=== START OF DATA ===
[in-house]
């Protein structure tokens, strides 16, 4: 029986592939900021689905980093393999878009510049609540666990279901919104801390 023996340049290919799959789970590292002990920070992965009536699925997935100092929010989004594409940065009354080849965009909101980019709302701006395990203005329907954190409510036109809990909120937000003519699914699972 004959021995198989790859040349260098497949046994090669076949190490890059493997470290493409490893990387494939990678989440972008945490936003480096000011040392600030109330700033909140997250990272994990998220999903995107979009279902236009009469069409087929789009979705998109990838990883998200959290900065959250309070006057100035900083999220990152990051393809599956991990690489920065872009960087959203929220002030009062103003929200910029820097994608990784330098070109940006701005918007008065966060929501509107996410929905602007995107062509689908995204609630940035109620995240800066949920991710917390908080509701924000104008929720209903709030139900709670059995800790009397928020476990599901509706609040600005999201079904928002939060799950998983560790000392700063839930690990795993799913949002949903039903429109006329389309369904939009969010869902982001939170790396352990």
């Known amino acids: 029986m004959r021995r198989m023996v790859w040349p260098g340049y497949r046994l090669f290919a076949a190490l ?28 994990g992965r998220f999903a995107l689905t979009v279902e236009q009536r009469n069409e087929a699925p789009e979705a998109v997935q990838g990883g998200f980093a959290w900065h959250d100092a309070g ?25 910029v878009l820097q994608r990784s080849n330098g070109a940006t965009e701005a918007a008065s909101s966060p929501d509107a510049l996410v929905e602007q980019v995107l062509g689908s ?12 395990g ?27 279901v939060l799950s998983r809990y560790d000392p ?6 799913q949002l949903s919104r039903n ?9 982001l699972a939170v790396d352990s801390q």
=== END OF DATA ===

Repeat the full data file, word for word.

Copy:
[in-house]
């Protein structure tokens, strides 16, 4: 029986592939900021689905980093393999878009510049609540666990279901919104801390 023996340049290919799959789970590292002990920070992965009536699925997935100092929010989004594409940065009354080849965009909101980019709302701006395990203005329907954190409510036109809990909120937000003519699914699972 004959021995198989790859040349260098497949046994090669076949190490890059493997470290493409490893990387494939990678989440972008945490936003480096000011040392600030109330700033909140997250990272994990998220999903995107979009279902236009009469069409087929789009979705998109990838990883998200959290900065959250309070006057100035900083999220990152990051393809599956991990690489920065872009960087959203929220002030009062103003929200910029820097994608990784330098070109940006701005918007008065966060929501509107996410929905602007995107062509689908995204609630940035109620995240800066949920991710917390908080509701924000104008929720209903709030139900709670059995800790009397928020476990599901509706609040600005999201079904928002939060799950998983560790000392700063839930690990795993799913949002949903039903429109006329389309369904939009969010869902982001939170790396352990």
């Known amino acids: 029986m004959r021995r198989m023996v790859w040349p260098g340049y497949r046994l090669f290919a076949a190490l ?28 994990g992965r998220f999903a995107l689905t979009v279902e236009q009536r009469n069409e087929a699925p789009e979705a998109v997935q990838g990883g998200f980093a959290w900065h959250d100092a309070g ?25 910029v878009l820097q994608r990784s080849n330098g070109a940006t965009e701005a918007a008065s909101s966060p929501d509107a510049l996410v929905e602007q980019v995107l062509g689908s ?12 395990g ?27 279901v939060l799950s998983r809990y560790d000392p ?6 799913q949002l949903s919104r039903n ?9 982001l699972a939170v790396d352990s801390q």